# Entropic force

Diffusion from a microscopic and macroscopic point of view. Initially, there are solute molecules on the left side of a barrier (purple line) and none on the right. The barrier is removed, and the solute diffuses to fill the whole container. Top: A single molecule moves around randomly. Middle: With more molecules, there is a statistical trend that the solute fills the container more and more uniformly. Bottom: With an enormous number of solute molecules, all randomness is gone: The solute appears to move smoothly and deterministically from high-concentration areas to low-concentration areas. There is no microscopic force pushing molecules rightward, but there appears to be one in the bottom panel. This fake-force is called an entropic force.

In physics, an entropic force acting in a system is a phenomenological force resulting from the entire system's statistical tendency to increase its entropy, rather than from a particular underlying microscopic force.[1]

## Mathematical formulation

In the canonical ensemble, the entropic force $\mathbf F$ associated to a macrostate partition $\{\mathbf{X}\}$ is given by:[2][3]

$\mathbf{F}(\mathbf{X_0}) = T \nabla_{\mathbf X} S(\mathbf{X})|_{\mathbf X_0}$

where $T$ is the temperature, $S(\mathbf{X})$ is the entropy associated to the macrostate $\mathbf{X}$ and $\mathbf{X_0}$ is the present macrostate.

## Examples

### Brownian Motion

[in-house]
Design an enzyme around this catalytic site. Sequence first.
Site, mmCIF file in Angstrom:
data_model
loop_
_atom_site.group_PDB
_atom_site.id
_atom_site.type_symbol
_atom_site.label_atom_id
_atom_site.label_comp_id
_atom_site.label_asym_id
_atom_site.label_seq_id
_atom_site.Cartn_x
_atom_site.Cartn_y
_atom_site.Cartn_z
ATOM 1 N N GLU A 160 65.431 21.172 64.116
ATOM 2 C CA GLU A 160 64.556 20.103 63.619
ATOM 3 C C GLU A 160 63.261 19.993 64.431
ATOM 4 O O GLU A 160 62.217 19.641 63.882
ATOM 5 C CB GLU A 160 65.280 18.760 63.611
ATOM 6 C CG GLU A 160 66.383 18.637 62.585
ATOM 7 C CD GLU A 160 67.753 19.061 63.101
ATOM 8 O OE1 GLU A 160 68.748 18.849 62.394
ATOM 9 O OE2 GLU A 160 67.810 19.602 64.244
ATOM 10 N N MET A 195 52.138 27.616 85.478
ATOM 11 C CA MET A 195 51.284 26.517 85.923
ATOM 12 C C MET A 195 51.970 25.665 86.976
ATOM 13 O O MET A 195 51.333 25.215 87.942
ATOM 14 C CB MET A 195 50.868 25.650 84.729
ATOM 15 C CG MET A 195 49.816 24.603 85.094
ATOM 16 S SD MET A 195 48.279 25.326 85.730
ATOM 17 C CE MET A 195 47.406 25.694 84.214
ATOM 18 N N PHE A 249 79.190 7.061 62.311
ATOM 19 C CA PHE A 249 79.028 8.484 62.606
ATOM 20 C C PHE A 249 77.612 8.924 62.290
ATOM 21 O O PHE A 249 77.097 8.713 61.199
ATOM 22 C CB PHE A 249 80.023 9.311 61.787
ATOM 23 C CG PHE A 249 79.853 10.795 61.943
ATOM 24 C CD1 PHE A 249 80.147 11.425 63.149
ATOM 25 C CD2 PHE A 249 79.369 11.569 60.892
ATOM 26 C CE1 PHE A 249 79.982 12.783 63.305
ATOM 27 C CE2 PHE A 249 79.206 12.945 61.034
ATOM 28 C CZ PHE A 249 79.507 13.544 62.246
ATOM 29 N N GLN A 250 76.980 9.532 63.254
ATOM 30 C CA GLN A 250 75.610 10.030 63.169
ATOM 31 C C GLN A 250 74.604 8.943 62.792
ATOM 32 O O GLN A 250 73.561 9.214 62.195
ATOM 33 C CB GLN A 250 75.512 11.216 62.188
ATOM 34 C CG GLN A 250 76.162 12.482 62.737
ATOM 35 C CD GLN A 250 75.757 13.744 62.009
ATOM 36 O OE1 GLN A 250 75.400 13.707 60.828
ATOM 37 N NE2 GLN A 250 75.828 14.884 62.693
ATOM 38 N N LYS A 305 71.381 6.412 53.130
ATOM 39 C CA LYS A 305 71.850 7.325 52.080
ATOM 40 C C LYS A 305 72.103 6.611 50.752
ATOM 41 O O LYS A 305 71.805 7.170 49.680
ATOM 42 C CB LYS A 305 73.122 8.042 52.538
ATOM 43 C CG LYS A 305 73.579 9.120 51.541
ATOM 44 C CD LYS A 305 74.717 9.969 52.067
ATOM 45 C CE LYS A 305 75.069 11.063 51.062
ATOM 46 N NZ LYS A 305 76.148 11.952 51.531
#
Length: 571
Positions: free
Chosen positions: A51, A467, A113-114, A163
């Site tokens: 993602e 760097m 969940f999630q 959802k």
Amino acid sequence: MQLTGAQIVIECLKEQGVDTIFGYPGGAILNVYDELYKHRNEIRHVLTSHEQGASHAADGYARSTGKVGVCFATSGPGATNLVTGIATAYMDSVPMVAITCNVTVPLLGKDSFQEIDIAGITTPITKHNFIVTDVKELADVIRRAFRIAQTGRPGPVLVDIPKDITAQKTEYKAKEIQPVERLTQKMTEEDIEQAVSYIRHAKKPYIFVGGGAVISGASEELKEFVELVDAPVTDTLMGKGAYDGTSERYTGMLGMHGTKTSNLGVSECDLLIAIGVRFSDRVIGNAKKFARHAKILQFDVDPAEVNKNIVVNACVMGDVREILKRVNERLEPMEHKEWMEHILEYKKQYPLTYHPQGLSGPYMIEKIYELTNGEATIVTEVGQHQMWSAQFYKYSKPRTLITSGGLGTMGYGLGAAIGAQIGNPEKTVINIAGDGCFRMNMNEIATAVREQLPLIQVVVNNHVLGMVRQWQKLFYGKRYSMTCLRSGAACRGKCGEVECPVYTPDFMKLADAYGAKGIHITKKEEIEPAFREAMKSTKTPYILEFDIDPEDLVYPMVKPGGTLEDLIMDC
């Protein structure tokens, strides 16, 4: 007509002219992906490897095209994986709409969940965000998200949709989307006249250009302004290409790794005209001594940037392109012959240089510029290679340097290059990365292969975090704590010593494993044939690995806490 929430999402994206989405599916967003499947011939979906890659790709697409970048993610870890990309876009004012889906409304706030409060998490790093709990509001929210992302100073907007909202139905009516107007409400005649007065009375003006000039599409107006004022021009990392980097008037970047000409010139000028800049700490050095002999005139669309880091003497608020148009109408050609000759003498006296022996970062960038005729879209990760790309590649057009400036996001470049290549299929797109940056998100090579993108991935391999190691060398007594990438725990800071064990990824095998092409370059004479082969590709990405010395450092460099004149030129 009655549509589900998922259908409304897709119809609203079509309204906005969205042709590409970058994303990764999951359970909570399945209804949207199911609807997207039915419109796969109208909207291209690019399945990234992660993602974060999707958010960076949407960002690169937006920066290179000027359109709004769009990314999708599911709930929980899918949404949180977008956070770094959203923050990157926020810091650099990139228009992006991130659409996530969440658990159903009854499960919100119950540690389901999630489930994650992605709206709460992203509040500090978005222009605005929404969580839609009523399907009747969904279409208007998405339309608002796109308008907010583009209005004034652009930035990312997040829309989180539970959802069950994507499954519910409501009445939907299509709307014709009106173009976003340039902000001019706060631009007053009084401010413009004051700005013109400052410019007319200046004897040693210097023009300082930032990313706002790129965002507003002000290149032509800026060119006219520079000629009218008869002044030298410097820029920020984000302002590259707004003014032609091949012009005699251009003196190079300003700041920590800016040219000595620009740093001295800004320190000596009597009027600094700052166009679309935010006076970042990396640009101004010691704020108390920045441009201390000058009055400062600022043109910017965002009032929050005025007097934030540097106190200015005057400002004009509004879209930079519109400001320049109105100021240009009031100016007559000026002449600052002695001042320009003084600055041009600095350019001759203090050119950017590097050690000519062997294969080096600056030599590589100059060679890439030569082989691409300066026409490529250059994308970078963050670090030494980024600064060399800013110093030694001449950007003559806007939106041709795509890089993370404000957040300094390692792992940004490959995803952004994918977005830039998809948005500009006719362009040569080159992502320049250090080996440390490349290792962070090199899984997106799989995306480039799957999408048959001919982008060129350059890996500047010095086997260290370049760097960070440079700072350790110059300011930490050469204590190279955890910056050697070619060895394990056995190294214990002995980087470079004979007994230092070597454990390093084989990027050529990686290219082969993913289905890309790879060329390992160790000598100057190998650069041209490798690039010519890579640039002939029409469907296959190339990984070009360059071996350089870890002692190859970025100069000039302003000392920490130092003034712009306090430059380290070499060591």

Entropic approach to Brownian movement is initially proposed by R. M. Neumann,[2][4] Neumann derived the entropic force for a particle undergoing three-dimensional Brownian motion using Boltzmann equation, denoting this force as a diffusional driving force or radial force. In the paper, three example systems are shown to exhibit such a force electrostatic system of molten salt, surface tension and rubber elasticity.

### Polymers

A standard example of an entropic force is the elasticity of a freely-jointed polymer molecule described by a Gaussian distribution.[4] If the molecule is pulled into an extended configuration, the system has an increased amount of predictability. But randomly coiled configurations are overwhelmingly more probable; i.e., they have greater entropy. This results in the chain eventually returning (through diffusion) to such a configuration. To the macroscopic observer, the precise origin of the microscopic forces that drive the motion is irrelevant. The observer simply sees the polymer contract into a state of higher entropy, as if driven by an elastic force.

### Hydrophobic force

Water drops on the surface of grass.

Another example of an entropic force is the hydrophobic force. At room temperature, it partly originates from the loss of entropy by the 3D network of water molecules when they interact with molecules of dissolved substance. Each water molecule is capable of

Therefore, water molecules can form an extended three-dimensional network. Introduction of a non-hydrogen-bonding surface disrupts this network. The water molecules rearrange themselves around the surface, so as to minimize the number of disrupted hydrogen bonds. This is in contrast to hydrogen fluoride (which can accept 3 but donate only 1) or ammonia (which can donate 3 but accept only 1), which mainly form linear chains.